A year ago, I wrote an article about my grandmother’s Alzheimer’s diagnosis, and how I wished euthanasia could have been an option for her.
Last week, my grandmother died. All things considered, she had a good death. She gasped for air and fell off her chair, and by the time a nurse ran over to her, she was gone. Given the alternative, in which she would have declined further, I am grateful for my grandmother’s death. It was a blessing.
Still, I can’t help but think about the last years of her life. Grandma came to the United States to enjoy a life of freedom, and instead she was almost immediately incarcerated by her disease. She spent fifteen years unable to be left alone, and she spent her final year in a state-run nursing home. By the time she died, she couldn’t form a whole sentence, needed help walking, and could sit for hours—probably even days—if no one moved her.
Imagine, for a moment, being her during those last years. She was surrounded by voices speaking a language she did not understand, unable to express when she was hungry or needed to use the bathroom. Nurses came in and grabbed her to move her because she didn’t understand anything they said. Other than this, she sat in a chair in her room, all day.
People came in and hugged her—she didn’t know who they were. Imagine a stranger introducing herself as your daughter. You think your daughter is still five years old, but here she is with her own daughter. You want to say that she is lying, but the words don’t come.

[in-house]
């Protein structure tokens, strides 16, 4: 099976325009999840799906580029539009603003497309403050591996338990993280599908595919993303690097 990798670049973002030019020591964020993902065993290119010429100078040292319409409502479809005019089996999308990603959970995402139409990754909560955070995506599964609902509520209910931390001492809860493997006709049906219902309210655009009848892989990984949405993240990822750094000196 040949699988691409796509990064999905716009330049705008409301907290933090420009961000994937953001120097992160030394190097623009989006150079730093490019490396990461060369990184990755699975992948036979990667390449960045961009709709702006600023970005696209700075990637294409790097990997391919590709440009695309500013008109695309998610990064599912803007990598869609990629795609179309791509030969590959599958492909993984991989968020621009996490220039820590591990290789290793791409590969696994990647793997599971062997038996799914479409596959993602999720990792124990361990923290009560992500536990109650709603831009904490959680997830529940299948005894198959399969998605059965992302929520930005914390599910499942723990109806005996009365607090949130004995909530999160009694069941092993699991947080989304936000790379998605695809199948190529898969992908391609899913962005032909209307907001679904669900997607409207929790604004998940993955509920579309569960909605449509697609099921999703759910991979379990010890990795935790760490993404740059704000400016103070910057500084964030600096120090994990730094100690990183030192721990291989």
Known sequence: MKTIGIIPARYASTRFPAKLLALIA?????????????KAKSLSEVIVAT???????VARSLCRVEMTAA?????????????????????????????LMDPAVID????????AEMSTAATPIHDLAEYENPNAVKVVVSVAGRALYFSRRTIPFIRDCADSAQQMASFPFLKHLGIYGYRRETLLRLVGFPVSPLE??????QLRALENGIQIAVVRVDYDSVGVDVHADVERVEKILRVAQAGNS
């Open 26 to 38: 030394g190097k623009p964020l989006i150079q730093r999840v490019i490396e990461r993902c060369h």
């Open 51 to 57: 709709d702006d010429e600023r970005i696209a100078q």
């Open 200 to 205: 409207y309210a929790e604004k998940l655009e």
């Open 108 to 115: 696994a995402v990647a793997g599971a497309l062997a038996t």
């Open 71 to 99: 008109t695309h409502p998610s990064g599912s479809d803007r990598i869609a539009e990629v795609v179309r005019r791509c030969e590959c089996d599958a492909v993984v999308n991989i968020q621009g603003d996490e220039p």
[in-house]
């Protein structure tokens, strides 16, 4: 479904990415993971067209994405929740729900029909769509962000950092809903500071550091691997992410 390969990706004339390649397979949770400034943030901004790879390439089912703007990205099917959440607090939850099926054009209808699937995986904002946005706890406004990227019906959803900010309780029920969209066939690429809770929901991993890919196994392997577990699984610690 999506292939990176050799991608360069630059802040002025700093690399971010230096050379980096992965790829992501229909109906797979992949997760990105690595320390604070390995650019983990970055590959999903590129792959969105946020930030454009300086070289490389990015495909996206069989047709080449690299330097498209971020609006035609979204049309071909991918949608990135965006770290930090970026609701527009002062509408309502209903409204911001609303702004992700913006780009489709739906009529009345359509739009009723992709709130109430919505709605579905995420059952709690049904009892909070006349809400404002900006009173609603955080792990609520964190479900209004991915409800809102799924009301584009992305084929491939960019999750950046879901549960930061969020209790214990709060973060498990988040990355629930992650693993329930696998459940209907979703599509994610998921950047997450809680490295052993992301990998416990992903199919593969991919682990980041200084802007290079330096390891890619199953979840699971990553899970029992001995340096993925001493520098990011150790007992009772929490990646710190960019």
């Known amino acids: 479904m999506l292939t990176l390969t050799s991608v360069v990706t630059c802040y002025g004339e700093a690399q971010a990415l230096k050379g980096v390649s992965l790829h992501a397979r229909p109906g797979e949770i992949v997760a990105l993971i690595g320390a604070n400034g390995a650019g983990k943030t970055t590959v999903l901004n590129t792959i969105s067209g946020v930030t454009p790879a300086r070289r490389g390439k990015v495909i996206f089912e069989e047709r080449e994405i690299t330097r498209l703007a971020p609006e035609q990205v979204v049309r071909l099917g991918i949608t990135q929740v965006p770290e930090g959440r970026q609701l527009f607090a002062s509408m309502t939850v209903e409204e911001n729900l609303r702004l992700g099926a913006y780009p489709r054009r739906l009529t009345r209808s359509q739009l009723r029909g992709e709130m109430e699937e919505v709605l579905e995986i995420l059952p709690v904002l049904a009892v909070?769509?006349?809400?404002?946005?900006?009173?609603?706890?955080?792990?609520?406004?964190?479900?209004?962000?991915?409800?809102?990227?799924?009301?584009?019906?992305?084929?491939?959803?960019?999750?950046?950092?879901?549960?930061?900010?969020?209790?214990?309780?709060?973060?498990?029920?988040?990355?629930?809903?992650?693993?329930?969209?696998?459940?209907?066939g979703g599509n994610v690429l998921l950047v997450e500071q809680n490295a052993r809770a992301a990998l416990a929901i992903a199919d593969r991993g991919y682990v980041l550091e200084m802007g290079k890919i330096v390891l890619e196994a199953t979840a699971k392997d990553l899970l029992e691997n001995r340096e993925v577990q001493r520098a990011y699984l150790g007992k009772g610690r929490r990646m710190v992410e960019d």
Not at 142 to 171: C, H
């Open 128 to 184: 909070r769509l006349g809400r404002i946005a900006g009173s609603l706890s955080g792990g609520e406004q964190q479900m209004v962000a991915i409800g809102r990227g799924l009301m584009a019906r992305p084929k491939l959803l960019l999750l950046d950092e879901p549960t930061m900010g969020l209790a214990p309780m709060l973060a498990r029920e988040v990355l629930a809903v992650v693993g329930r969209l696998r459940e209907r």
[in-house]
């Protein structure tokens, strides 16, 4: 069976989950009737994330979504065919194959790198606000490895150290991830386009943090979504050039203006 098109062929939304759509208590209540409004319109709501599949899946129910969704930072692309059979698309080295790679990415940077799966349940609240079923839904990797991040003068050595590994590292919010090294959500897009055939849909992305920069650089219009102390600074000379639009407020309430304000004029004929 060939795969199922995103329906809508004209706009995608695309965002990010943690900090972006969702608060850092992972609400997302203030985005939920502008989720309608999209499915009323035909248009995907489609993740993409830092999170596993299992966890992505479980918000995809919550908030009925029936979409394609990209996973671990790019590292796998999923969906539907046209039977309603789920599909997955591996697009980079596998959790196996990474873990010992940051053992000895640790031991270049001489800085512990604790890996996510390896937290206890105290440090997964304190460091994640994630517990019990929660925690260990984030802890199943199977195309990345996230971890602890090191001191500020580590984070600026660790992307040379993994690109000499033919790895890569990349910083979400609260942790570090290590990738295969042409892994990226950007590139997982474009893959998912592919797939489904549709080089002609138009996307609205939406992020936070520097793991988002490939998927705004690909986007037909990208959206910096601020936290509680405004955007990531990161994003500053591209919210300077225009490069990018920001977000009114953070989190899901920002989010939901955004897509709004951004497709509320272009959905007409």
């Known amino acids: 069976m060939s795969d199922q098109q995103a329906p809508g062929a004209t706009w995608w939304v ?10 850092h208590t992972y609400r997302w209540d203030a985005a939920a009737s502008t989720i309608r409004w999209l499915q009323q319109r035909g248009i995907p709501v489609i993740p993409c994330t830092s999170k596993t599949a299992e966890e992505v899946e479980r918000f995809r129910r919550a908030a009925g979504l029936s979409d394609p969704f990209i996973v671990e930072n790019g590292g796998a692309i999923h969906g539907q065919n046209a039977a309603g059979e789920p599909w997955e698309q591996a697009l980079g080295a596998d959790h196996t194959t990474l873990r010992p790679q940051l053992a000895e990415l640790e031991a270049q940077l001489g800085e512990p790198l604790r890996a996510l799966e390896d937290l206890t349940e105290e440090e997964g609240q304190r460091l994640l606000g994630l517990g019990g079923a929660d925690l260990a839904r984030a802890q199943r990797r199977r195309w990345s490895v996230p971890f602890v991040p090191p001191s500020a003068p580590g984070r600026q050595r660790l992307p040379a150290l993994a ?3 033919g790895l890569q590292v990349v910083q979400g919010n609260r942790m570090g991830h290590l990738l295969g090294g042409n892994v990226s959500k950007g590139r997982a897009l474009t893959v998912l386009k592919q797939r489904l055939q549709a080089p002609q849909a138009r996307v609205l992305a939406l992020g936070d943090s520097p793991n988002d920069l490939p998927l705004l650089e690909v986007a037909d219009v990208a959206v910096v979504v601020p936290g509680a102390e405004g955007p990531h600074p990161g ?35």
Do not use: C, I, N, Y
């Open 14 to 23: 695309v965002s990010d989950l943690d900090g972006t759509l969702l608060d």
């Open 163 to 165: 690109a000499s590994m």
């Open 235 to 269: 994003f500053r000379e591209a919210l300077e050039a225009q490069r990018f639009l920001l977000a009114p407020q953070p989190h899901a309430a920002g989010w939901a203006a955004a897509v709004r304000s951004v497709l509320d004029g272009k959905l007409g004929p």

She was, indisputably, in Hell, and now the Hell is over. For this, I am thankful. I am thankful that her death caused her no more pain.
But still, the pain she suffered could have been avoided. She did have to die, but she didn’t have to suffer the way that she did.
I think about, then, an alternative scenario: I think about her hugging all of us and telling us that she loved us when she still knew who we were. She could have written a letter for me to open when I’m older with everything she wanted me to know. We would have played her favorite music from childhood. Her sister would come visit and say goodbye. We would all hold hands.
Then, she would take a pill and fall asleep, dying soon after.
We would cry, of course, but we would know it was what she wanted, and that she didn’t suffer. Maybe this could have happened if she had lived in the Netherlands or in Belgium, if the law had allowed her euthanasia. She would have been able to avoid the last stages of Alzheimer’s disease, minimizing her suffering.
It is, of course, a difficult process, a balancing act of sorts. For the last few years, my grandmother would not have been able to consent to such a procedure, and to perform it without consent would have been immoral. I don’t know how this would work—perhaps having a patient sign a legal document, like an Advanced Directive, giving family members guidelines for arranging their passing—but I know it is immoral not to consider it.
My grandmother’s last years did not add to her life or to our memory of her. All they did for any of us was cause pain, and they were entirely unnecessary.
As it was, I did not cry at my grandmother’s funeral. I had done my grieving long before she died.